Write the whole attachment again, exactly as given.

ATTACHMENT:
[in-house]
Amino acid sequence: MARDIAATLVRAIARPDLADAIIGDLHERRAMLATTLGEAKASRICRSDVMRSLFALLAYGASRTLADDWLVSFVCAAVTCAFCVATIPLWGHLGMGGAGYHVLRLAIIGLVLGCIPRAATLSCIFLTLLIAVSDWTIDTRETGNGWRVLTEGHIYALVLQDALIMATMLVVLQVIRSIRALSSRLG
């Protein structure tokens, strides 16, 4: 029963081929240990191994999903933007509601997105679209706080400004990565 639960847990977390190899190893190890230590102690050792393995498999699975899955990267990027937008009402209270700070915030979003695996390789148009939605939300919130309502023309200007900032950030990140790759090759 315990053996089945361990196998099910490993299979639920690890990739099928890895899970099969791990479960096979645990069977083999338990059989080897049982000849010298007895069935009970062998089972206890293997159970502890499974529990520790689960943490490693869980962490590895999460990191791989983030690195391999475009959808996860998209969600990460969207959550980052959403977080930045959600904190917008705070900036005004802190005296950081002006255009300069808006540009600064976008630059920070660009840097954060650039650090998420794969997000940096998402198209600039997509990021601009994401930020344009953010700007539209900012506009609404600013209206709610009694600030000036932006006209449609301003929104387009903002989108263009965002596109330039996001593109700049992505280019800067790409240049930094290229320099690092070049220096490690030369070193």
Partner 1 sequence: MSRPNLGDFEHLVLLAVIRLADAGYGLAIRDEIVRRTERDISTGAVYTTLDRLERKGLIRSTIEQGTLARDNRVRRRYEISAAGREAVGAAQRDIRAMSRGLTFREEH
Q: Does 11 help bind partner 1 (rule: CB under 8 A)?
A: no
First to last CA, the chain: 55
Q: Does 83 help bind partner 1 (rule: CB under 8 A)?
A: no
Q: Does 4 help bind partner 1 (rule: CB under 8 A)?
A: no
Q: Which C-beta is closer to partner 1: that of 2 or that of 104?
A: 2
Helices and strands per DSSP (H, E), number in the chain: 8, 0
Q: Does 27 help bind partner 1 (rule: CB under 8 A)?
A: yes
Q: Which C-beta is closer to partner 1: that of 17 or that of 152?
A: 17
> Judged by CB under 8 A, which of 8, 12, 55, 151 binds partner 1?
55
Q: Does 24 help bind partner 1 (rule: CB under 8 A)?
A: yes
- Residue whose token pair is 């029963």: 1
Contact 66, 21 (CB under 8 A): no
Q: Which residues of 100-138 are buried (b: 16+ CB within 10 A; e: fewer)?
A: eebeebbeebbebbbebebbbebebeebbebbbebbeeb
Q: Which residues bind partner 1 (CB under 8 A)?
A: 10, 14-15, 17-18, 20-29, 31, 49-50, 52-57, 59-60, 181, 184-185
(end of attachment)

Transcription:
[in-house]
Amino acid sequence: MARDIAATLVRAIARPDLADAIIGDLHERRAMLATTLGEAKASRICRSDVMRSLFALLAYGASRTLADDWLVSFVCAAVTCAFCVATIPLWGHLGMGGAGYHVLRLAIIGLVLGCIPRAATLSCIFLTLLIAVSDWTIDTRETGNGWRVLTEGHIYALVLQDALIMATMLVVLQVIRSIRALSSRLG
């Protein structure tokens, strides 16, 4: 029963081929240990191994999903933007509601997105679209706080400004990565 639960847990977390190899190893190890230590102690050792393995498999699975899955990267990027937008009402209270700070915030979003695996390789148009939605939300919130309502023309200007900032950030990140790759090759 315990053996089945361990196998099910490993299979639920690890990739099928890895899970099969791990479960096979645990069977083999338990059989080897049982000849010298007895069935009970062998089972206890293997159970502890499974529990520790689960943490490693869980962490590895999460990191791989983030690195391999475009959808996860998209969600990460969207959550980052959403977080930045959600904190917008705070900036005004802190005296950081002006255009300069808006540009600064976008630059920070660009840097954060650039650090998420794969997000940096998402198209600039997509990021601009994401930020344009953010700007539209900012506009609404600013209206709610009694600030000036932006006209449609301003929104387009903002989108263009965002596109330039996001593109700049992505280019800067790409240049930094290229320099690092070049220096490690030369070193």
Partner 1 sequence: MSRPNLGDFEHLVLLAVIRLADAGYGLAIRDEIVRRTERDISTGAVYTTLDRLERKGLIRSTIEQGTLARDNRVRRRYEISAAGREAVGAAQRDIRAMSRGLTFREEH
Q: Does 11 help bind partner 1 (rule: CB under 8 A)?
A: no
First to last CA, the chain: 55
Q: Does 83 help bind partner 1 (rule: CB under 8 A)?
A: no
Q: Does 4 help bind partner 1 (rule: CB under 8 A)?
A: no
Q: Which C-beta is closer to partner 1: that of 2 or that of 104?
A: 2
Helices and strands per DSSP (H, E), number in the chain: 8, 0
Q: Does 27 help bind partner 1 (rule: CB under 8 A)?
A: yes
Q: Which C-beta is closer to partner 1: that of 17 or that of 152?
A: 17
> Judged by CB under 8 A, which of 8, 12, 55, 151 binds partner 1?
55
Q: Does 24 help bind partner 1 (rule: CB under 8 A)?
A: yes
- Residue whose token pair is 């029963």: 1
Contact 66, 21 (CB under 8 A): no
Q: Which residues of 100-138 are buried (b: 16+ CB within 10 A; e: fewer)?
A: eebeebbeebbebbbebebbbebebeebbebbbebbeeb
Q: Which residues bind partner 1 (CB under 8 A)?
A: 10, 14-15, 17-18, 20-29, 31, 49-50, 52-57, 59-60, 181, 184-185